General Brusilov's 8th Army, along with the left flank of 3rd Army, has put up greater resistance than the Germans and Austro-Hungarians had expected, and the attacking armies are now behind schedule.  The Russians, however, have also suffered greatly: 34 000 were taken prisoner on the 13th alone, and several divisions have been reduced to only several thousand effectives.  Moreover, the German Guard Corps has punched a clear hole through the second defensive line and pushed the Russian defenders into the open.  To continue holding their present positions would require the Russians to fight a battle of maneuver in the clear, a prospect that held little prospect of success.  Brusilov instead concludes that his army must withdraw to the next prepared defensive line, running south from Rawa Ruska through Magierow and Grodek to the east bank of the Wereszyca River, and orders for the retreat go out this evening.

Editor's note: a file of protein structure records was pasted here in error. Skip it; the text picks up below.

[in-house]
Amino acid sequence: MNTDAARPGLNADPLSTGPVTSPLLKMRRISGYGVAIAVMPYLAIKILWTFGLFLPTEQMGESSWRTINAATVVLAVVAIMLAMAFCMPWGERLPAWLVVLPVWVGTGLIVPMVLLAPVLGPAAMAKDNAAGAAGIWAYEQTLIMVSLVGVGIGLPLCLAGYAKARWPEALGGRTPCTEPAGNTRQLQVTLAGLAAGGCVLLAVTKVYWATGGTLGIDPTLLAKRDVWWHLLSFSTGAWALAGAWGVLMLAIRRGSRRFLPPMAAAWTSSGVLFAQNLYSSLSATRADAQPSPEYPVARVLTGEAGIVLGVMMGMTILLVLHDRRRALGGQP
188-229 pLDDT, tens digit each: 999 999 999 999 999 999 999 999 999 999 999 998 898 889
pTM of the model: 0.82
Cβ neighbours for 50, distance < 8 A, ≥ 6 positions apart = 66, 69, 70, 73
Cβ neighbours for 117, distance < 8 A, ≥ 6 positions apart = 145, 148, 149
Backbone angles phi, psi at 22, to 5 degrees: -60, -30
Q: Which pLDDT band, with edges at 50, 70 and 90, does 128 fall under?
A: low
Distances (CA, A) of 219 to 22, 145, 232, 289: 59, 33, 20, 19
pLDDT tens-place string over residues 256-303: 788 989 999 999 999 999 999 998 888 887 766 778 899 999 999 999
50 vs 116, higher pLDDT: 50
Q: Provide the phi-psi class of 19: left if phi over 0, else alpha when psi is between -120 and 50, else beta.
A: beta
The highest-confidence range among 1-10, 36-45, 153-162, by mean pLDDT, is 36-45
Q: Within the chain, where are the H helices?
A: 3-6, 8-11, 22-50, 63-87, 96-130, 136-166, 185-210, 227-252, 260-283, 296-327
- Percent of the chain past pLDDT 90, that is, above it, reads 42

Sunday, June 14, 2015

June 14th, 1915

- Overnight the Russian 8th Army pulls back eastward in Galicia, retreating to a second defensive line that had been prepared prior to the resumption of the German offensive yesterday.  When the German 11th Army comes up against the new Russian entrenchments, hard fighting ensues; despite the heavy casualties already suffered by the Russians, they retain the ability to fight tenaciously on the defensive.  Only the Guard Corps and XXII Reserve Corps in the centre are able to push through this new line by evening, and everywhere 11th Army fails to reach the objectives for today set by Mackensen.